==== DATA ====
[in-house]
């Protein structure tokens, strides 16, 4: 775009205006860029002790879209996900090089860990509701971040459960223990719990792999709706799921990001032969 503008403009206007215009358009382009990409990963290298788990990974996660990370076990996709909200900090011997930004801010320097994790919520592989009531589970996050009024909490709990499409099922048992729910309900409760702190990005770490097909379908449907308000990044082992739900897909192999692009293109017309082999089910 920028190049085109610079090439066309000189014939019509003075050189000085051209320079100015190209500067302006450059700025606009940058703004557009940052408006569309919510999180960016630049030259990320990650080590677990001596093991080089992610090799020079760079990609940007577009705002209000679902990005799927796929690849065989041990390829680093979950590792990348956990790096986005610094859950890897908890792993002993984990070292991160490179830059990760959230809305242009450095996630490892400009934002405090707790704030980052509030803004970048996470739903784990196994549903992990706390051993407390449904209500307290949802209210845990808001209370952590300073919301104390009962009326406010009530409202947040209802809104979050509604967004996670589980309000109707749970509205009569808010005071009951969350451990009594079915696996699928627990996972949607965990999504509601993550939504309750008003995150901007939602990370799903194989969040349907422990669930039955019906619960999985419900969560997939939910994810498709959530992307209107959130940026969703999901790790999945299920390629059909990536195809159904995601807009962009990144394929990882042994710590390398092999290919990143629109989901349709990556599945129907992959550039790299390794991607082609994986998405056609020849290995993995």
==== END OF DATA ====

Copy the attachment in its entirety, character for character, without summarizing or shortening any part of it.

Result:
[in-house]
């Protein structure tokens, strides 16, 4: 775009205006860029002790879209996900090089860990509701971040459960223990719990792999709706799921990001032969 503008403009206007215009358009382009990409990963290298788990990974996660990370076990996709909200900090011997930004801010320097994790919520592989009531589970996050009024909490709990499409099922048992729910309900409760702190990005770490097909379908449907308000990044082992739900897909192999692009293109017309082999089910 920028190049085109610079090439066309000189014939019509003075050189000085051209320079100015190209500067302006450059700025606009940058703004557009940052408006569309919510999180960016630049030259990320990650080590677990001596093991080089992610090799020079760079990609940007577009705002209000679902990005799927796929690849065989041990390829680093979950590792990348956990790096986005610094859950890897908890792993002993984990070292991160490179830059990760959230809305242009450095996630490892400009934002405090707790704030980052509030803004970048996470739903784990196994549903992990706390051993407390449904209500307290949802209210845990808001209370952590300073919301104390009962009326406010009530409202947040209802809104979050509604967004996670589980309000109707749970509205009569808010005071009951969350451990009594079915696996699928627990996972949607965990999504509601993550939504309750008003995150901007939602990370799903194989969040349907422990669930039955019906619960999985419900969560997939939910994810498709959530992307209107959130940026969703999901790790999945299920390629059909990536195809159904995601807009962009990144394929990882042994710590390398092999290919990143629109989901349709990556599945129907992959550039790299390794991607082609994986998405056609020849290995993995």